The CPIH is produced using different methods, data and quality thresholds, and incorporates a broader range of goods and services, such as housing. The online price movements data are experimental and are produced using experimental web-scraping techniques.

Strengths of the experimental online price indices

The data present an indicator of the price movements of a basket of products during the coronavirus (COVID-19) pandemic.

The data are available on a weekly basis, to allow week to week comparisons of price movements in these products.

The data are available four days after the reference period. This makes them a timely indicator for users.

Limitations of the experimental online price indices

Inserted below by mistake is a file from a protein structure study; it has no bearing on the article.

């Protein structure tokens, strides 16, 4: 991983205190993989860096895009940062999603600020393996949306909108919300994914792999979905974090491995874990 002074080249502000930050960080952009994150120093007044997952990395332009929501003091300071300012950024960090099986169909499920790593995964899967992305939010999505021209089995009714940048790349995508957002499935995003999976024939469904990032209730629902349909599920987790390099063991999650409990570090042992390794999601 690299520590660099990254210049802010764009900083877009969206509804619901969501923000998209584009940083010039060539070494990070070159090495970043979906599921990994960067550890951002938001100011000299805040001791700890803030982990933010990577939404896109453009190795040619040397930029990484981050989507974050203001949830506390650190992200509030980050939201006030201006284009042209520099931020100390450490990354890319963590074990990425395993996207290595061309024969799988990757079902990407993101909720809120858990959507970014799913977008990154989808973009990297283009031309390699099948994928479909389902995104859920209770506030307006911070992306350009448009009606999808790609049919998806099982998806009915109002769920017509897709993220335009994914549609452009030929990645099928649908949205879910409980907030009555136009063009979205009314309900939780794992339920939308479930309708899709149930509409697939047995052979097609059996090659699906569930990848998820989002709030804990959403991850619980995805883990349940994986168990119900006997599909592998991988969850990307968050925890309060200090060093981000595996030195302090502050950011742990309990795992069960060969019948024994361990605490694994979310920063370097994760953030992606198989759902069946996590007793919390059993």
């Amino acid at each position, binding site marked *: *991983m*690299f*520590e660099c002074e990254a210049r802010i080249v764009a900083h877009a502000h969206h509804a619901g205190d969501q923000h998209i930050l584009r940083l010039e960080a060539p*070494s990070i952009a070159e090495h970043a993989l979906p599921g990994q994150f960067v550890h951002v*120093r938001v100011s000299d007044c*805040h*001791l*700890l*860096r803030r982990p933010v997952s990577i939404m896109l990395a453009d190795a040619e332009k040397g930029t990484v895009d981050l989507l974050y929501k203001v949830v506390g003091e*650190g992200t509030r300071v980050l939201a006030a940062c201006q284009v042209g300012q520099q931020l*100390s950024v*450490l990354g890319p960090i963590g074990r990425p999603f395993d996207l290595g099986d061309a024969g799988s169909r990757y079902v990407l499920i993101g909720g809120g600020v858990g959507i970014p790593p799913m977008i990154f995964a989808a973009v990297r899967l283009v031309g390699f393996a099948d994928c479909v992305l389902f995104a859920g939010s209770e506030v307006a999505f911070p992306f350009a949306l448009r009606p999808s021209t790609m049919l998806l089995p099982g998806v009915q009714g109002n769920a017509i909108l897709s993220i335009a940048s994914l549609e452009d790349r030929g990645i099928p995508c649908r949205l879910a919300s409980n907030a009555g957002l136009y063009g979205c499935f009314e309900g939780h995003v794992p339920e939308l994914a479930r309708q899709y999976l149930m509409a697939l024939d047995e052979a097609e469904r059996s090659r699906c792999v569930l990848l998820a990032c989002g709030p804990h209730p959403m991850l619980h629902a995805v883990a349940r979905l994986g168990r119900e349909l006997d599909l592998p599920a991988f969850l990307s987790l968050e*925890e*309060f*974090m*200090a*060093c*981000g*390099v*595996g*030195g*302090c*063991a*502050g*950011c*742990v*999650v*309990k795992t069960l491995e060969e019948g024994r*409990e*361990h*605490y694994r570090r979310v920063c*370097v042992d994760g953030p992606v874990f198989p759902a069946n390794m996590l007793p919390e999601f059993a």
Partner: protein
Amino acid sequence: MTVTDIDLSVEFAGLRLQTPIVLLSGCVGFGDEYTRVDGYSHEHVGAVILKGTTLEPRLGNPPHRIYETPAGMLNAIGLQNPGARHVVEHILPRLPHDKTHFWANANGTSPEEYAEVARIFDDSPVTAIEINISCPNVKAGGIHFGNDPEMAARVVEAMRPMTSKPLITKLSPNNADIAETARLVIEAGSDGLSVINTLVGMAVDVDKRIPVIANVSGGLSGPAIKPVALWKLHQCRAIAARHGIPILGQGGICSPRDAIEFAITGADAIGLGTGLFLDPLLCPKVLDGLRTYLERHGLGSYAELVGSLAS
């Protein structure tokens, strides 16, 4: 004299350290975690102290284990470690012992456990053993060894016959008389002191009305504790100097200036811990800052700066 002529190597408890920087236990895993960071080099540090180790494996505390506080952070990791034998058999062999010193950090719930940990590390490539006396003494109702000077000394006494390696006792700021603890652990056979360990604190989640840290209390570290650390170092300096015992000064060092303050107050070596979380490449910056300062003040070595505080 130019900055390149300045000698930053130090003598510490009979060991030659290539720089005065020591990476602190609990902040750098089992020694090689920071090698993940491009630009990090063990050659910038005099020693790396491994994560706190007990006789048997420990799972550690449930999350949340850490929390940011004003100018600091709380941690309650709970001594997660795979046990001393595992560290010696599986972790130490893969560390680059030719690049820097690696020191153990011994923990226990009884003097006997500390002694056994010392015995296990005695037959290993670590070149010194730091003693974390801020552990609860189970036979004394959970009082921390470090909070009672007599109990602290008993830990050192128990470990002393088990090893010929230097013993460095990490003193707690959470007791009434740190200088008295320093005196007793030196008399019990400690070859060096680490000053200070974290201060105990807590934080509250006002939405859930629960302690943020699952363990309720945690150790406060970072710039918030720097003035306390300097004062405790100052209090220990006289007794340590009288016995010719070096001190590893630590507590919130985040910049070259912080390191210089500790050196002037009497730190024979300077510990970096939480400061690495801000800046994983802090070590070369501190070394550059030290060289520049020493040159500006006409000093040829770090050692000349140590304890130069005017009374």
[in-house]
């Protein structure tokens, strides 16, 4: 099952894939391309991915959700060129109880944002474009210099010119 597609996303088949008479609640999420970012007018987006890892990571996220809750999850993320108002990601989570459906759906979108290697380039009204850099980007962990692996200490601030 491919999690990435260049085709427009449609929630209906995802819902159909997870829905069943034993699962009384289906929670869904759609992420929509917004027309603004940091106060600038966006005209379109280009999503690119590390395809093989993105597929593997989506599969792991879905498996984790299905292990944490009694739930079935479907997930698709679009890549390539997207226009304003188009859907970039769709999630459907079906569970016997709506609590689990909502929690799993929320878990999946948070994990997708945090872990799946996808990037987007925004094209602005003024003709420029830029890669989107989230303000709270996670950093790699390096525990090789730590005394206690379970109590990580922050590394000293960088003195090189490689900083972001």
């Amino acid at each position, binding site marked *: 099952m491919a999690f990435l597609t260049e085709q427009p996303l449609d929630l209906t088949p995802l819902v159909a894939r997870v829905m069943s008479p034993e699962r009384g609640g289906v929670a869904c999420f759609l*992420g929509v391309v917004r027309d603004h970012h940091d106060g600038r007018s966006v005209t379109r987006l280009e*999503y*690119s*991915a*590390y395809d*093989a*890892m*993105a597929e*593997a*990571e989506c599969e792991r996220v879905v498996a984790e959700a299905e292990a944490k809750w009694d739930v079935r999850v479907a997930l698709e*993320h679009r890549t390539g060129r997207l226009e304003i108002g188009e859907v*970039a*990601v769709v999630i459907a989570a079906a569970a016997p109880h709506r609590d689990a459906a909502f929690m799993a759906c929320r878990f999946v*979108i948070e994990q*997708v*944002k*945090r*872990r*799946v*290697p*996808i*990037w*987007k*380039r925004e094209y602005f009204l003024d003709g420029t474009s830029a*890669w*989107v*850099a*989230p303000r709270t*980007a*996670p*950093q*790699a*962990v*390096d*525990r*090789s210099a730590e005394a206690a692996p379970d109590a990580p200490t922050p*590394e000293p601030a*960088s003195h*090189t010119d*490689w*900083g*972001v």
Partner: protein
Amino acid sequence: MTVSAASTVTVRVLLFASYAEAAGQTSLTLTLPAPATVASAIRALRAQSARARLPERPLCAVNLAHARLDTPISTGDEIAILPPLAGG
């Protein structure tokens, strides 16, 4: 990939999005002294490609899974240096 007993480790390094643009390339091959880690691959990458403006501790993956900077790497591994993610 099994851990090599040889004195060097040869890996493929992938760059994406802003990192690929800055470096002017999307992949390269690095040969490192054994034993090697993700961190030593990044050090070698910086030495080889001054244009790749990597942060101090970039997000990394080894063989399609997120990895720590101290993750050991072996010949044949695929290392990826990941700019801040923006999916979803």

No comparable replacement or quality adjustments have been applied, which may lead to downward bias in the indices.

Because of the nature of web-scraped data, there are no expenditure weights available at the product level. Therefore, there is no accounting for consumer substitution within these items. As we follow the same unique product over time, any substitution towards cheaper or more expensive products will not have an impact on the index, unless these types of products follow a different price change trend.

For retailers that have a clear label indicating that a product is out of stock, we have removed those products from the analysis. However, other retailers may not have a clear indication of this, so there may be products currently out of stock that have still been included. If the prices of these items do not change, this could cause the index to remain static.

Limited sample size and daily changes in product availability may result in volatility at the item level. In particular, the size of the sample means that sometimes single retailers can contribute to substantial movements at the item level.